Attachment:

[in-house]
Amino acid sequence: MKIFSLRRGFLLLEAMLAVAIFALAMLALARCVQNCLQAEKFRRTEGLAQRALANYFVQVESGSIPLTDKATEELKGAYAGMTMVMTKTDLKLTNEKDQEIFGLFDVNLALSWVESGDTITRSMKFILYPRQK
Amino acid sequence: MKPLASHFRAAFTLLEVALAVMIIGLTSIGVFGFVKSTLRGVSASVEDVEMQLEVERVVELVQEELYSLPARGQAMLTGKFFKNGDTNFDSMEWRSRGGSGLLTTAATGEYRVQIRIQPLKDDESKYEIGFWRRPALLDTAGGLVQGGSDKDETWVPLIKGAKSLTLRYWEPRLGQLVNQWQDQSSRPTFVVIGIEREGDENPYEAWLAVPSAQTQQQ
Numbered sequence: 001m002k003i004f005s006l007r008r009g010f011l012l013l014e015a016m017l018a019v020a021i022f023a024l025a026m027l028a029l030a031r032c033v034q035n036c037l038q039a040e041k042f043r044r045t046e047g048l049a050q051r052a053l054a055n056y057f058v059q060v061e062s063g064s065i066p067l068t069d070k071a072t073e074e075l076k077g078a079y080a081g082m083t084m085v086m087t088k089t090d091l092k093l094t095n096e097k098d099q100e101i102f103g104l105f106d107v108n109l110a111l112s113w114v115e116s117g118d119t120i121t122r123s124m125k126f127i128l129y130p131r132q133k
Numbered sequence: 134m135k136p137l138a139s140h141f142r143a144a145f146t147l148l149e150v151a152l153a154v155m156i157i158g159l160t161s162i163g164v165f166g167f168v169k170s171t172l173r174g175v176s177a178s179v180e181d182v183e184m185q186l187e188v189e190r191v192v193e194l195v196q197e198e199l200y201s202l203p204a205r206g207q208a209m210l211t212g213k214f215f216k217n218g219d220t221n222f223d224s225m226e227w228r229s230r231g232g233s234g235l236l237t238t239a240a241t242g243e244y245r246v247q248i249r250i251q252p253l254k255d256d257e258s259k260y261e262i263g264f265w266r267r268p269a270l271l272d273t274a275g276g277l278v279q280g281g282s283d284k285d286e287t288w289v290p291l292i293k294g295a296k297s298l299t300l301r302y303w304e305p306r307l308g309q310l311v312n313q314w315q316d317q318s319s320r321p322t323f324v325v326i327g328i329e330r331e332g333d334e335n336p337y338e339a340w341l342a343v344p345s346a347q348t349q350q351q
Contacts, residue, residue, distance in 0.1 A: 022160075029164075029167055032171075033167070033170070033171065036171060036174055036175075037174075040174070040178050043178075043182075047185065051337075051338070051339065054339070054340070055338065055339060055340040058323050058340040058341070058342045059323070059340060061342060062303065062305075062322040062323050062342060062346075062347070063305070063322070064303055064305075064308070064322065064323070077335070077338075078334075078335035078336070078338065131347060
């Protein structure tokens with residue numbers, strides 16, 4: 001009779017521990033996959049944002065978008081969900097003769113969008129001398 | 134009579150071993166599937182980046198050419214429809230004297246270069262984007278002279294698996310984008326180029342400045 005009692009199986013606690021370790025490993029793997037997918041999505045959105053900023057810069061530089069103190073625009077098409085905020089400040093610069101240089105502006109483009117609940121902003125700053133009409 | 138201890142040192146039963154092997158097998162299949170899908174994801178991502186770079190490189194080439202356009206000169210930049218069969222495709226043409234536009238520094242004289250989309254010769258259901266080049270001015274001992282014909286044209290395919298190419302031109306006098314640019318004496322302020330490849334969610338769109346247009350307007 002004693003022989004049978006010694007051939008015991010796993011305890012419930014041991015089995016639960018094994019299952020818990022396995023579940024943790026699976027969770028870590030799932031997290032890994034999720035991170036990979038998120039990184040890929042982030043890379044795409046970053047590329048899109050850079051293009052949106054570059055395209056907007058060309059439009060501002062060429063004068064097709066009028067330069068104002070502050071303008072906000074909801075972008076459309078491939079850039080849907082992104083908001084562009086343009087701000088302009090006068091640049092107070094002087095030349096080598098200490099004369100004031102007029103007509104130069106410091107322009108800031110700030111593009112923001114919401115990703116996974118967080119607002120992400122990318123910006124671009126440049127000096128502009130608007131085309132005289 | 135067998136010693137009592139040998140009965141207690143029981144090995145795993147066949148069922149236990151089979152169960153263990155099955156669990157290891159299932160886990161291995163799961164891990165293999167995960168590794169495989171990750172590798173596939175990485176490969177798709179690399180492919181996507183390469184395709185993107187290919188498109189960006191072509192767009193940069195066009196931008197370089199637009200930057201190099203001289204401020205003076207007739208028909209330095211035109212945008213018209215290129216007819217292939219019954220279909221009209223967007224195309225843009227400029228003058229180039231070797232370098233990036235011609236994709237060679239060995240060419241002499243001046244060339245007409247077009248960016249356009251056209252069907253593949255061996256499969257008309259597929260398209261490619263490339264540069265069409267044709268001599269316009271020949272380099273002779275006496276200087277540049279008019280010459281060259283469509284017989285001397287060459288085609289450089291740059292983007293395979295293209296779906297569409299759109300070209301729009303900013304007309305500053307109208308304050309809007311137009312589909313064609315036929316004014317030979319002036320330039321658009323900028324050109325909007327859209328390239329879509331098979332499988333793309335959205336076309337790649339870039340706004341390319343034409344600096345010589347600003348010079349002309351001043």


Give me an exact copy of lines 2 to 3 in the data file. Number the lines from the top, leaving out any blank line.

Amino acid sequence: MKIFSLRRGFLLLEAMLAVAIFALAMLALARCVQNCLQAEKFRRTEGLAQRALANYFVQVESGSIPLTDKATEELKGAYAGMTMVMTKTDLKLTNEKDQEIFGLFDVNLALSWVESGDTITRSMKFILYPRQK
Amino acid sequence: MKPLASHFRAAFTLLEVALAVMIIGLTSIGVFGFVKSTLRGVSASVEDVEMQLEVERVVELVQEELYSLPARGQAMLTGKFFKNGDTNFDSMEWRSRGGSGLLTTAATGEYRVQIRIQPLKDDESKYEIGFWRRPALLDTAGGLVQGGSDKDETWVPLIKGAKSLTLRYWEPRLGQLVNQWQDQSSRPTFVVIGIEREGDENPYEAWLAVPSAQTQQQ